Jackie became the first athlete to win varsity letters in four sports: baseball, basketball, football, and track, while attending UCLA. And in 1941, Jackie was named to the ‘All-American Football Team.’ Unfortunately, because of lack of funds, Jackie ended up in the U.S. Army.
In 1942, Robinson was drafted and assigned to a segregated Army cavalry unit in Fort Riley, Kansas. However, civil rights would soon come into play. Having the correct qualifications, Jackie Robinson and several other black soldiers, applied for admission to an Officer Candidate School (OCS) which was located at Fort Riley. Although the OCS had been stated as being race-neutral, very few African American applicants were admitted into the school. As a result, the applications of Jackie and his colleagues were delayed for several months. It wasn’t until after protests by heavyweight boxing champion, Joe Louis – also stationed at Fort Riley – that the men were finally accepted.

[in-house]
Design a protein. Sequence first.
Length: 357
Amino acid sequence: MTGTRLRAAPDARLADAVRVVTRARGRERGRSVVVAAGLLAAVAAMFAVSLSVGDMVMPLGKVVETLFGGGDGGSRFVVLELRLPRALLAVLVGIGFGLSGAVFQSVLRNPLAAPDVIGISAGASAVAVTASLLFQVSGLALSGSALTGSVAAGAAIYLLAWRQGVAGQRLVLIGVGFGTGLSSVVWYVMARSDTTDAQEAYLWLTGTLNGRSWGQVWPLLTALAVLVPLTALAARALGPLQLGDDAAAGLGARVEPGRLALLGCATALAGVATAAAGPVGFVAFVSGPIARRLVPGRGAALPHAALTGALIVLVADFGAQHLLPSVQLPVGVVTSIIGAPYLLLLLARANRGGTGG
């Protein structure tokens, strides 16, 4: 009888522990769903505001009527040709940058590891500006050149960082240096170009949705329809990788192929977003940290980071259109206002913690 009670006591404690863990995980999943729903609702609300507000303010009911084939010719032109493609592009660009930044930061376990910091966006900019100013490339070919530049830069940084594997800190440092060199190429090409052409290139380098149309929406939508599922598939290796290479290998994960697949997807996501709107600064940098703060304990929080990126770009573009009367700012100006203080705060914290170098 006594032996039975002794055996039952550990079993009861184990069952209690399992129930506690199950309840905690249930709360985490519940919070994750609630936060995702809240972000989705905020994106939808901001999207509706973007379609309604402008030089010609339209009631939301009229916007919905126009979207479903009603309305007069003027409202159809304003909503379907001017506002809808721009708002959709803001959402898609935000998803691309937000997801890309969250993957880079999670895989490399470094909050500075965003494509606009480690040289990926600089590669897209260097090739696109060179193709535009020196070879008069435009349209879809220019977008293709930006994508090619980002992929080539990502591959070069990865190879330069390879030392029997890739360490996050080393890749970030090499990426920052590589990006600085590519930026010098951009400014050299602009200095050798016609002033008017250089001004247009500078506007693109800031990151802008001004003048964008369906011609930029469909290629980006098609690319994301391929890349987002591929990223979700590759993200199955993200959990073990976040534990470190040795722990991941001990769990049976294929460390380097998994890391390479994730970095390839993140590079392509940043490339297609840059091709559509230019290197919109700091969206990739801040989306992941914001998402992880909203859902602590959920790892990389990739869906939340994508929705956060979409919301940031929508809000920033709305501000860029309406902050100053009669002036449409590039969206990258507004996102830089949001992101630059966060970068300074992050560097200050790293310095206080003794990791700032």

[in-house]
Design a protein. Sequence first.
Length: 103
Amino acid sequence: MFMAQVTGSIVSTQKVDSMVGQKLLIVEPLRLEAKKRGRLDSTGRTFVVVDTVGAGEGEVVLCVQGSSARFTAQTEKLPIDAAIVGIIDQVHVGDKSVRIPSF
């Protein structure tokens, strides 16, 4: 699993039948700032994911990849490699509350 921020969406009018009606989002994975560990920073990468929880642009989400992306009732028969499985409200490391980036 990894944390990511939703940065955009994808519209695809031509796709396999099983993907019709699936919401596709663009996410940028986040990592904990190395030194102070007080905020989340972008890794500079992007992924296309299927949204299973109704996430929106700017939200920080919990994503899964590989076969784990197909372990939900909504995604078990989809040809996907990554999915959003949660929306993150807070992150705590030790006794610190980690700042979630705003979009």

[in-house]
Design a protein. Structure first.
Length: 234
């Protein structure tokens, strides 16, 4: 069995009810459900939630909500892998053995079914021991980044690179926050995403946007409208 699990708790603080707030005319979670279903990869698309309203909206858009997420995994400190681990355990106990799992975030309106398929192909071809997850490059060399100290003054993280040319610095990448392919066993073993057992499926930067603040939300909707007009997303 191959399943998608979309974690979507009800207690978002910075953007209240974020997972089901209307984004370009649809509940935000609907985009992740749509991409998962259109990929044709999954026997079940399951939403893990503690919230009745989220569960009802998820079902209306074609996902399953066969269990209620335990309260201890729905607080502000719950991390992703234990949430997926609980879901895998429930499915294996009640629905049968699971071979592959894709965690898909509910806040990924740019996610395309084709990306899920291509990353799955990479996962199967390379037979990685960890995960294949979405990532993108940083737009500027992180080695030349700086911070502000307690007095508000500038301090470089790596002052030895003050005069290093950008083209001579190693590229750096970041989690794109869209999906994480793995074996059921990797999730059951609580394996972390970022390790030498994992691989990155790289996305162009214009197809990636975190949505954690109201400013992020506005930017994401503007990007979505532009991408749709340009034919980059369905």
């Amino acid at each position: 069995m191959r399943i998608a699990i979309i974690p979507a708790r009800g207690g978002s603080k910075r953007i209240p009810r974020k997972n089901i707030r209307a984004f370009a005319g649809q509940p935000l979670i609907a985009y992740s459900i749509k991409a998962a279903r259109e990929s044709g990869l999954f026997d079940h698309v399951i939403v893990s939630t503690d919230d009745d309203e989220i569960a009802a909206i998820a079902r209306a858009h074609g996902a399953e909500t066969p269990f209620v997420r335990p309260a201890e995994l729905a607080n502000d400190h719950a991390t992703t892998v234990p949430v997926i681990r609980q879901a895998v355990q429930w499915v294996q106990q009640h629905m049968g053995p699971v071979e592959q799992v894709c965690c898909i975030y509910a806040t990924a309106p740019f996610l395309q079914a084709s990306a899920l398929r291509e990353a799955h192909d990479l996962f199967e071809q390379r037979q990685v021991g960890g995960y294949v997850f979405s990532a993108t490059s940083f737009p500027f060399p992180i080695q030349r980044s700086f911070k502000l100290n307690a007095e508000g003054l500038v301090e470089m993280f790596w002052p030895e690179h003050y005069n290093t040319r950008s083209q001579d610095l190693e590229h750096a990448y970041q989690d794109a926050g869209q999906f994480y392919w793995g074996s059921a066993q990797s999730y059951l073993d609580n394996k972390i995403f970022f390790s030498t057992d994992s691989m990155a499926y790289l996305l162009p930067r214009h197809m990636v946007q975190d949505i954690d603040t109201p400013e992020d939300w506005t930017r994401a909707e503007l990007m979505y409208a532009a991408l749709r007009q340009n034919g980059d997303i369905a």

However, on July 6, 1944, an incident occurred that completely derailed Robinson’s military career while making our nation look, once again, ridiculous. Apparently, Jackie Robinson boarded an Army bus. Although the Army had commissioned its own un-segregated bus line, the driver ordered Robinson to move to the back of the bus. When Jackie refused, the driver backed down, but when the bus came to its destination the driver summoned the MPs, who took Jackie into custody. Absurdly, Jackie was court-martialed in relation to his objections of racial discrimination. Even then, Jackie Robinson was striving to challenge the idiotic world on segregation, and would never be placed at ‘the back of the bus.’
Playing one season in 1945, in the Negro Baseball League, Jackie earned $400 per month and went back to his baseball ‘roots.’ But, six days before the start of the next season, the president of the Brooklyn Dodgers, Branch Rickey, invited Jackie to become part of the team. The Major Leagues had not had an African American player since 1889, which is the year that baseball became segregated.
On April 15, 1947, Jackie Robinson made his debut at Ebbets Field before a crowd of 26,623 spectators. Although he failed to get a base hit, the Dodgers won, and Robinson became the first player since 1880 to openly break the major league baseball color line.